I favor teamwork. In a functional team, all members share a common goal. A good team has a culture. I agree with McCarthy (see Software for your Head) that the software takes on the properties of the team. To achieve software integrity the team that develops the software should have integrity. In a team of individuals with integrity I expect the team to own their success. So a team like this will have ownership of checking in well written, well tested code. If a team member is unsure of their code I would expect them to seek out a better developer to validate their code before checking it in. In such an environment mistakes will happen, but they will self correct. If you do not trust your team then high levels of productivity are not possible as controls will slow your team down.

Friday, January 12, 2007

Keys to Software Development Success

After some thought and reflection I have deduced two key aspects to successful software development:

1) Focus on teamwork (lack of too many teamcide practices)
2) Use a process oriented around the integrity of the source code

The first key seems straight forward, but somehow many organizations take it for granted. The word teamcide might not be familiar to you (read Chapter 20 of Peopleware). DeMarco & Lister were attempting to write a chapter about how to make teams jell. They gave up and instead wrote a chapter on ways to prevent teamwork. It is very insightful. I have found that even when an organization goes out of its way to kill teamwork a strong leader can overcome it. First you must realize the problem before you can overcome it.

The second key aspect can be interpreted many ways. I will try to further explain myself. One of my first jobs was as a software developer for Motorola. Some VP had decided we needed to be CMM level 3 so every developer was forced to work 4 hours a week on process improvement. I was young and got involved as a capability area lead. After reaching level 2 I saw improvements and when I started a new team I carried over many of the practices that I had learned. When I look back on what worked two things come to mind:

1) Unit Testing
2) Strict control of /main in SCM

Both revolve around the concept of keeping the code in the best shape as possible. Unit testing prevented many bugs from ever being merged into main. In fact only two people could check out from main and not without running the entire suite of automated unit tests.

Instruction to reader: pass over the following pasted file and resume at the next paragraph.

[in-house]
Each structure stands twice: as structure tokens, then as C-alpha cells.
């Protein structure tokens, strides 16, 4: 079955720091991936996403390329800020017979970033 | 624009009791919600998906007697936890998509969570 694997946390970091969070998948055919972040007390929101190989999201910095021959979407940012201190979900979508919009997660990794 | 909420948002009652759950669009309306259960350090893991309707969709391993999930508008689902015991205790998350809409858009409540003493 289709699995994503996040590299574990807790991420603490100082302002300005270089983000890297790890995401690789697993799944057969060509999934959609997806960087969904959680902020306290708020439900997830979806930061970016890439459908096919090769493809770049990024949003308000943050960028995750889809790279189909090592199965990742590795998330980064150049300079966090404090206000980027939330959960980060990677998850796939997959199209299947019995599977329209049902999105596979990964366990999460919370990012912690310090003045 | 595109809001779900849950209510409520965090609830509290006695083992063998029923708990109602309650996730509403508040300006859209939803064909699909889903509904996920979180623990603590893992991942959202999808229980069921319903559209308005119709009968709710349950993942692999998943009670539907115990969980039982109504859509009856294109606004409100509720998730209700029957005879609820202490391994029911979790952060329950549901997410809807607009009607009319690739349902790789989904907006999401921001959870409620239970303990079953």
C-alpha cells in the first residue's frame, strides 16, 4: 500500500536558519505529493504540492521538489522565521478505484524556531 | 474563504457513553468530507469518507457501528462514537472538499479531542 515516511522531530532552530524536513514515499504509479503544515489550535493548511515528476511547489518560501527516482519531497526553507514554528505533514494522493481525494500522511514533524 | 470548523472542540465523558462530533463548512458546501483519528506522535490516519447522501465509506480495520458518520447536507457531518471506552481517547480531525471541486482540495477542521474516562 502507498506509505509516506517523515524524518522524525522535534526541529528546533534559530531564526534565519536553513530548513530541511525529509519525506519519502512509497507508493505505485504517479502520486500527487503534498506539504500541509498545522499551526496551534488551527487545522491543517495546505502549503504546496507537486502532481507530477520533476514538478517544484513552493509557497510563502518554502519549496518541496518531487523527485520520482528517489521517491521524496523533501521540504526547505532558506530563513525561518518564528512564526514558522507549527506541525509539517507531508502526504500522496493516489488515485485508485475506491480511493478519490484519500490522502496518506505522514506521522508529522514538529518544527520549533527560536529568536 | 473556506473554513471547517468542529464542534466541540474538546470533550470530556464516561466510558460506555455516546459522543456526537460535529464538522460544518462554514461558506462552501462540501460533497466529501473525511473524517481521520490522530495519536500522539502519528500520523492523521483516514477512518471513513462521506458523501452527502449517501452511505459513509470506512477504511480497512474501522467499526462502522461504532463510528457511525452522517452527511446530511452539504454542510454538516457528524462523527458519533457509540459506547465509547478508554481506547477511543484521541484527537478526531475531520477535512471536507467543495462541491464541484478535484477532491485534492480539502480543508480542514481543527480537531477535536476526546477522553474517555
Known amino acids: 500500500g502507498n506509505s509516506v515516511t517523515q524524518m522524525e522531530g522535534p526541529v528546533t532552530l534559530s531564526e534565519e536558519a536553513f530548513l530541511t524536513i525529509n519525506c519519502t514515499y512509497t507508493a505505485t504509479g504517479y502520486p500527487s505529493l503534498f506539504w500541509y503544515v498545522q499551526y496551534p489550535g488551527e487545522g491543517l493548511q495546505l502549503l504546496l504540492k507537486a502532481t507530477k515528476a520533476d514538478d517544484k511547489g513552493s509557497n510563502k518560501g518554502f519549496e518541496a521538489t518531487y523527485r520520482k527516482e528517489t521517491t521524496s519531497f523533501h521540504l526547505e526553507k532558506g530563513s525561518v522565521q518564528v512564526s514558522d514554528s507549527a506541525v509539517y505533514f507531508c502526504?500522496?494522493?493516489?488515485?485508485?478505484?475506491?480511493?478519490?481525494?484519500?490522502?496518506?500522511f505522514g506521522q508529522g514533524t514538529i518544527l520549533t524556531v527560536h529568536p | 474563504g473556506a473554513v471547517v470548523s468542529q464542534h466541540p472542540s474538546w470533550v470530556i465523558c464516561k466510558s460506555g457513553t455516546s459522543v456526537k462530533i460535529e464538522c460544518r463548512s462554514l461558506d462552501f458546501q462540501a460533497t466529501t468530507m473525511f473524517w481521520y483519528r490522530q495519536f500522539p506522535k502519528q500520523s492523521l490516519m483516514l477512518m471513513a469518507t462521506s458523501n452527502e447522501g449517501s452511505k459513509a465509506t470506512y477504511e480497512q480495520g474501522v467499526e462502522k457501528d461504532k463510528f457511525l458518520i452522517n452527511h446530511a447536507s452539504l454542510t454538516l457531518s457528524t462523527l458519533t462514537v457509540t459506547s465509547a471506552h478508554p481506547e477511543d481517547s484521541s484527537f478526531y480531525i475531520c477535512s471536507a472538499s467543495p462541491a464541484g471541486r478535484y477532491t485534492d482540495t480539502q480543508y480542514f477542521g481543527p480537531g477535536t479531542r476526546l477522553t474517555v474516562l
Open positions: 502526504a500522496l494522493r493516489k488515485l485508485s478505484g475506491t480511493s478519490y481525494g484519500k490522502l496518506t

Jumping to present day; I work with a vendor that is struggling to produce quality code in a timely manner. When I look at their process I see no real SCM - all code is checked into main by anyone and there are no automated unit tests. All tests are GUI driven and run manually. The sad thing is they have a fairly strict process. They are not 100% compliant to it, but I bet with just a few tweaks they could achieve SEI CMM level 3 and still struggle to produce quality code in a timely manner.

Many people are caught up in the Agile craze these days. Agile is best described by the manifesto (

- Individuals and interactions over processes and tools
- Working software over comprehensive documentation
- Customer collaboration over contract negotiation
- Responding to change over following a plan

I truly believe that you could follow this manifesto and still struggle, but I find it hard to believe that you could follow my keys and struggle. I might be naive, but almost all problems I have run into in my 16 years of professional software development experience come down to poor communication or teamwork (they are extremely related) and a lack of understanding of the importance of the source code. Many processes place the same emphasis on documents as the source code. In fact many people believe the same processes that work for documents work for source code. The only tools available to written documents that I can think of are: human reviews and version control. Source code has the unique ability to be compiled and tested all without the ever erring human mind. I am not saying human review is useless, it is just insufficient.

One thing I have said little about is using iterative development versus waterfall. Part of me thinks it isn't worth saying anything as the waterfall process has been completely debunked, but some people still cling to it. I will simply say that the you can never achieve high levels of source code integrity if you start with a big ball of untested code. The waterfall process will start with such poor source code integrity that you will never be able to reach a high enough level to acvhieve success. You must start small to achieve high integrity and grow a little at a time. The human brain isn't big enough to make large leaps in source code without loosing integrity.